If we haven’t learned anything else from the 2021-22 NBA season, we’ve learned that going all in on free agency or a trade to create a “super team” or “big 3” may no longer be a viable way to build a championship team. The Nets trio of Kevin Durant, James Harden and Kyrie Irving ended before it truly got a chance to begin. The three players only played in 16 games together before Harden was recently traded to Philadelphia, which was somehow fewer games than the Los Angeles Lakers’ trio of LeBron James, Anthony Davis and Russell Westbrook. The Lakers have been awful, with or without Davis on the court thanks to a lack of chemistry and fit with Westbrook in the lineup. Should we have seen this coming, though? Recent NBA history would say yes, because nothing ever really goes as planned.
Let’s go back to the summer of 2007. More specifically the night of the 2007 NBA Draft. Many people don’t think of this as the start of the super team movement in the NBA, but hear me out. On this night, the Boston Celtics traded for Ray Allen, then followed that up by acquiring Kevin Garnett via trade three days later. These two, along with All Star forward Paul Pierce, formed a formidable trio or “Big 3” as they were often referred to. We didn’t know it at the time, but these moves affected what NBA teams believed was the amount of talent necessary in order to win a championship. Those Celtics went on to win the title in 2008 (insert Kevin Garnett yelling “Anything is possible!!”). After a knee injury to Garnett derailed plans for a repeat in 2009, the Celtics took the Los Angeles Lakers to 7 games in the 2010 NBA Finals. By 2012, Garnett and Pierce were traded to the Brooklyn Nets, Ray Allen left in free agency to join the rival Miami Heat and the super team experiment was done. Not only had things ended but they ended somewhat ugly.
That Miami Heat team I mentioned took the super team experiment to a different level. Not only did they form their version of a Big 3, but they did it with LeBron James, Dwyane Wade and Chris Bosh all in the prime of their careers. Expectations went through the roof after the three stars’ infamous post-free agency pep rally. The Heat fell short of those expectations in year one, losing the Finals in 6 games to the Dallas Mavericks. They went on to win back to back championships in 2012 and 2013 before losing to the Spurs in the 2014 NBA Finals. James ultimately went back to Cleveland that summer, while Bosh and Wade remained in Miami before Bosh was forced to retire due to health reasons. While this ending wasn’t quite the ugly ending that Boston’s Big 3 went through, it was still informative. Yes, the Heat went to FOUR consecutive NBA Finals. Yes, they won 2 championships. But, in the moment, only being together for four seasons seemed like a disappointment. Maybe building a super team wasn’t a sustainable way to win long term, after all.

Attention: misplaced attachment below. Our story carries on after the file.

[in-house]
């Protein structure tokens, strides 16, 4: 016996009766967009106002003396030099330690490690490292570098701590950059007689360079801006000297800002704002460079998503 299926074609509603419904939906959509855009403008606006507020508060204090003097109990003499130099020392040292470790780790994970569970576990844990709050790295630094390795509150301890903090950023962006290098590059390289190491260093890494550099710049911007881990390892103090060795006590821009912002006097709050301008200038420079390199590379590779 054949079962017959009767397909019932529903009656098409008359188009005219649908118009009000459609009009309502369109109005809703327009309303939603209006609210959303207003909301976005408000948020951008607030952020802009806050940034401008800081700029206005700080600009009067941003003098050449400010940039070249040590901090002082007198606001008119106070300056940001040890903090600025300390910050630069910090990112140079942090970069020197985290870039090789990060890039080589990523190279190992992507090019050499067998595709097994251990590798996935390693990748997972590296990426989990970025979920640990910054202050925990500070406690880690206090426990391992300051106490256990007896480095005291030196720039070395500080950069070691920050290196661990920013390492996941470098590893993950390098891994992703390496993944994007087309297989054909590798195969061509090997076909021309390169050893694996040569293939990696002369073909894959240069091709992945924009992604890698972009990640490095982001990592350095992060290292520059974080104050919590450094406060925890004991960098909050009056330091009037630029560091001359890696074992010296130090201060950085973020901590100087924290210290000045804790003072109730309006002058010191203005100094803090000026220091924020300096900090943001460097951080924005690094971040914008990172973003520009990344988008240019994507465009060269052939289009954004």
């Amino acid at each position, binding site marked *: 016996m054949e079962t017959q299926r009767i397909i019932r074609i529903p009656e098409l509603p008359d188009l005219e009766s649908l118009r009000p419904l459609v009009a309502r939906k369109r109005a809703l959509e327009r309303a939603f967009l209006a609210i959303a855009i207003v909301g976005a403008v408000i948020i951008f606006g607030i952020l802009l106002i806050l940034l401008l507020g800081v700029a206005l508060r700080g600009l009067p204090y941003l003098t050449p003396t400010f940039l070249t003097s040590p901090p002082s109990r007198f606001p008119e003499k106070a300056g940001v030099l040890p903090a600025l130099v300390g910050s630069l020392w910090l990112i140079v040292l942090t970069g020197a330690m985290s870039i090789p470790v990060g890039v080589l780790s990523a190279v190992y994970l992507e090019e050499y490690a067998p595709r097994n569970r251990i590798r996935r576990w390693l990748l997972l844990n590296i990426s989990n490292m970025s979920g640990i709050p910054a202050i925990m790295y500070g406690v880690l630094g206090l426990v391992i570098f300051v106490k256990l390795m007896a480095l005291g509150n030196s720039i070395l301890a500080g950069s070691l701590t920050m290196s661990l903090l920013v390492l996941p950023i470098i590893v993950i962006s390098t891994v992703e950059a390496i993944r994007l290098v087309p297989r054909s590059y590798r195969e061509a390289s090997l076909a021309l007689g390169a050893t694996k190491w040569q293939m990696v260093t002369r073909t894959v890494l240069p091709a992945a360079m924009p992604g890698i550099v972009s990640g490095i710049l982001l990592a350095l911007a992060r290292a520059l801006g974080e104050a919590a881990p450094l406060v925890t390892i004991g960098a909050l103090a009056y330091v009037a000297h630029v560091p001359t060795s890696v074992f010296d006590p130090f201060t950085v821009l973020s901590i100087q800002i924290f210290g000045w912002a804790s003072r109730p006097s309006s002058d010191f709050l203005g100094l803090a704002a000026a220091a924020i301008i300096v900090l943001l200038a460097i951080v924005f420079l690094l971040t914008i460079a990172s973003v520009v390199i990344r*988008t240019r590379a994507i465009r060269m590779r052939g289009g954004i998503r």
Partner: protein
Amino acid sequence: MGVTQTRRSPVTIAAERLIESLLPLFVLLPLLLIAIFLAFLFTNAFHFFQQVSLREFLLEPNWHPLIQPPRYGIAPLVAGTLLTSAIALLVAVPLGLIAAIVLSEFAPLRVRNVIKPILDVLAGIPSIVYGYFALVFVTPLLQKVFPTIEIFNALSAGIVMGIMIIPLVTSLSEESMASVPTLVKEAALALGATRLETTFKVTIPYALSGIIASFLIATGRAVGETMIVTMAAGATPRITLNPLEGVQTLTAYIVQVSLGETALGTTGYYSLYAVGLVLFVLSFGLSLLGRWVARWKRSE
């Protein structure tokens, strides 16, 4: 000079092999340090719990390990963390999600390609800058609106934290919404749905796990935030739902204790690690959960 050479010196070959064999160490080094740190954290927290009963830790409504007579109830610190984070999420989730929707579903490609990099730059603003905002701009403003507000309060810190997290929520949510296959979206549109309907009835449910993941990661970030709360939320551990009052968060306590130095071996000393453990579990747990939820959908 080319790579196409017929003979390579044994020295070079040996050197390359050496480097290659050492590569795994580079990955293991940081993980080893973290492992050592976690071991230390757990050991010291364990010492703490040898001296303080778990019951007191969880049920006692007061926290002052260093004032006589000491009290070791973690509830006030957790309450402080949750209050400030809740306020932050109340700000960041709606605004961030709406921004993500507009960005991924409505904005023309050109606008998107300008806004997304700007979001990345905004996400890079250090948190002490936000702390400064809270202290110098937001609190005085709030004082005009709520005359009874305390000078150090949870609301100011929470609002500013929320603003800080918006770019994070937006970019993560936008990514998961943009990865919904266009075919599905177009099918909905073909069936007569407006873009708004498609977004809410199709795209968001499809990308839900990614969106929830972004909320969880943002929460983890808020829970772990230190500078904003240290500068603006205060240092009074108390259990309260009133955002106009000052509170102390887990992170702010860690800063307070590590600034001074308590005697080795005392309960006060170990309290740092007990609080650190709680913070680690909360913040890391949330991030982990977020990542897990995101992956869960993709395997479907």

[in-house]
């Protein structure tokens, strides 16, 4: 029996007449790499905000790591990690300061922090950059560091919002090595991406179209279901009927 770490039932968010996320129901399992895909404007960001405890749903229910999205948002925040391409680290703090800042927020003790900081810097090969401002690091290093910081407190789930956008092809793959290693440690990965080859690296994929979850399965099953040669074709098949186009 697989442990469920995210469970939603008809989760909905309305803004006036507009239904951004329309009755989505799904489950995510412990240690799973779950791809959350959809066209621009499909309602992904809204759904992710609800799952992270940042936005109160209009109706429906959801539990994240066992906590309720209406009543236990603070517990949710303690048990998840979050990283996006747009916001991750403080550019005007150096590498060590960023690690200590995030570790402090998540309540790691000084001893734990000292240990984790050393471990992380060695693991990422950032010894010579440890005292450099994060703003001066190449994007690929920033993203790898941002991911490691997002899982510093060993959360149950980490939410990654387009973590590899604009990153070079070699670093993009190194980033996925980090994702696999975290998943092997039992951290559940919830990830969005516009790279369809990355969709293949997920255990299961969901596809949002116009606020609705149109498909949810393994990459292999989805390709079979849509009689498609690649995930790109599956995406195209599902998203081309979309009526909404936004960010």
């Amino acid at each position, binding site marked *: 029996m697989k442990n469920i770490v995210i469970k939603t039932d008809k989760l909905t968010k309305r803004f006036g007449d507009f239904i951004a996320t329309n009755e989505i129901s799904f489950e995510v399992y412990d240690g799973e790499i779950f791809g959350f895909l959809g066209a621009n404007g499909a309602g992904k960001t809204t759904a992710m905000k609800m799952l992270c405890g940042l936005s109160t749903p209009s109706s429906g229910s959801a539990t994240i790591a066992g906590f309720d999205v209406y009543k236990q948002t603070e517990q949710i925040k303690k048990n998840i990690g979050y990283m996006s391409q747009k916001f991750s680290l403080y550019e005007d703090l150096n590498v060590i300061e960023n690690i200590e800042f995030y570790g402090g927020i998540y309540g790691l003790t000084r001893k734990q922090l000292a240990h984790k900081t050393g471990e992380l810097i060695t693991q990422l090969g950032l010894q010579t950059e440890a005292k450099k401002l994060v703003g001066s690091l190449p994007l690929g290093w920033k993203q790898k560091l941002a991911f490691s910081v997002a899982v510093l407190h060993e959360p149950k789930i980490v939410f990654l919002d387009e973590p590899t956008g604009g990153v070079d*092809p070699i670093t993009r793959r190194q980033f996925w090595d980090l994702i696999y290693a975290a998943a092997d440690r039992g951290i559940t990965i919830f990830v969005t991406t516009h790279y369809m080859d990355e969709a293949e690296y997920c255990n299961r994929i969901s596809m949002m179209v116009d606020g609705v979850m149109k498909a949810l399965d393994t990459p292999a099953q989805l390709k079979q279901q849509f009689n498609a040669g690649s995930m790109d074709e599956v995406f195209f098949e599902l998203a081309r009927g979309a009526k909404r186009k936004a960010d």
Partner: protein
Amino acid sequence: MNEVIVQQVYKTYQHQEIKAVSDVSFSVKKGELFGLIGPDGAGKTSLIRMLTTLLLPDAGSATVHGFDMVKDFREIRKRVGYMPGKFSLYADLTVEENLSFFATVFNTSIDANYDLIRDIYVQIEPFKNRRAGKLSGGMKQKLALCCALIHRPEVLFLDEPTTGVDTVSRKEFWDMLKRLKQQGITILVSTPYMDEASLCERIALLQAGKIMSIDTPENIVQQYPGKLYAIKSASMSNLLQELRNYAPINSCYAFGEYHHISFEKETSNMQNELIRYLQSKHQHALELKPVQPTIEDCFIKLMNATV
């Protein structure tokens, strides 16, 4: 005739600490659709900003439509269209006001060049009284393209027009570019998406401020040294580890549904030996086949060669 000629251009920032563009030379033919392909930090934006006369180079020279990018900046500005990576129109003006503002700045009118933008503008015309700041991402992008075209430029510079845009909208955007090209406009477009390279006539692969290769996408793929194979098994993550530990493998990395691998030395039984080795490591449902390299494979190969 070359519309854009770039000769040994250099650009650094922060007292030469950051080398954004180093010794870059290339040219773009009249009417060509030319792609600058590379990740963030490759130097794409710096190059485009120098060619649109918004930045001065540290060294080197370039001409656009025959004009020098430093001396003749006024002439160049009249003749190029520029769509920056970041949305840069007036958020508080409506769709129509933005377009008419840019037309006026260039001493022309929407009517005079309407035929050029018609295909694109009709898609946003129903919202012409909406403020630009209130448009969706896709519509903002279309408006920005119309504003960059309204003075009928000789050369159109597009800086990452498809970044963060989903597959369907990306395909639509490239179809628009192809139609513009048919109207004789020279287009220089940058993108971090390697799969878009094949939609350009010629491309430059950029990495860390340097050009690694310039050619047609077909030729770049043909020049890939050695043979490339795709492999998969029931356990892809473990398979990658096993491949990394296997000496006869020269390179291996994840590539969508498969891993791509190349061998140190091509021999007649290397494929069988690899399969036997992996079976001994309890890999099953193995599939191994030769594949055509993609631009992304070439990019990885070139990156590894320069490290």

We thought the Golden State Warriors might’ve cracked the super team code. After seemingly coming out of nowhere in 2015 to win a championship with home grown stars Stephen Curry, Klay Thompson and Draymond Green, they carried that momentum into 2016 to the tune of a 73-9 regular season record before blowing a 3-1 series lead in the NBA Finals to LeBron James’ Cleveland Cavaliers. That summer, the league’s new TV deal caused a dramatic increase in the salary cap, allowing those same 73-9 Warriors to add former league MVP Kevin Durant via free agency. The immediate thought was that this team would win championships for the foreseeable future. They cruised to a 16-1 playoff record and Finals win in 2017. They were pushed to 7 games in the 2018 Western Conference Finals by the Houston Rockets before sweeping the NBA Finals. But by the summer of 2018, rumors were already starting to come out about Kevin Durant’s intentions to stay with the Warriors long term. These rumors then led to an on-court argument between Durant and Draymond Green that all but sealed the deal on Durant’s exit. Through all of the turmoil, the Warriors still made the NBA Finals again in 2019. They were ultimately undone by an Achilles injury to Durant and Klay Thompson’s ACL tear, losing in 6 games to the Toronto Raptors. That off-season Durant signed with the Brooklyn Nets and the Warriors dynasty was now done.
Will we see another team try the super team strategy? Probably. Teams will continue to exhaust all options when it comes to having a chance to win a championship. But as is the case with all championship contenders, the entire plan can come crumbling down because of injuries, player egos or just simply not being able to put the right role players around your stars. Also, do we really see any of the NBA’s young stars feeling the need to team up? Giannis Antetokounmpo and the Milwaukee Bucks showed us last year that it’s still possible to stay the course with one franchise star while figuring out the parts around him. Guys like Luka Doncic, Trae Young and Ja Morant have teams of their own that are on the rise. Would it make sense to leave that on the table? I don’t see it, but this league will always remind us to never say never. For now, the NBA’s super team era is finished. An era, just like it’s teams, that was fun while it lasted.
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Written by Josh Price
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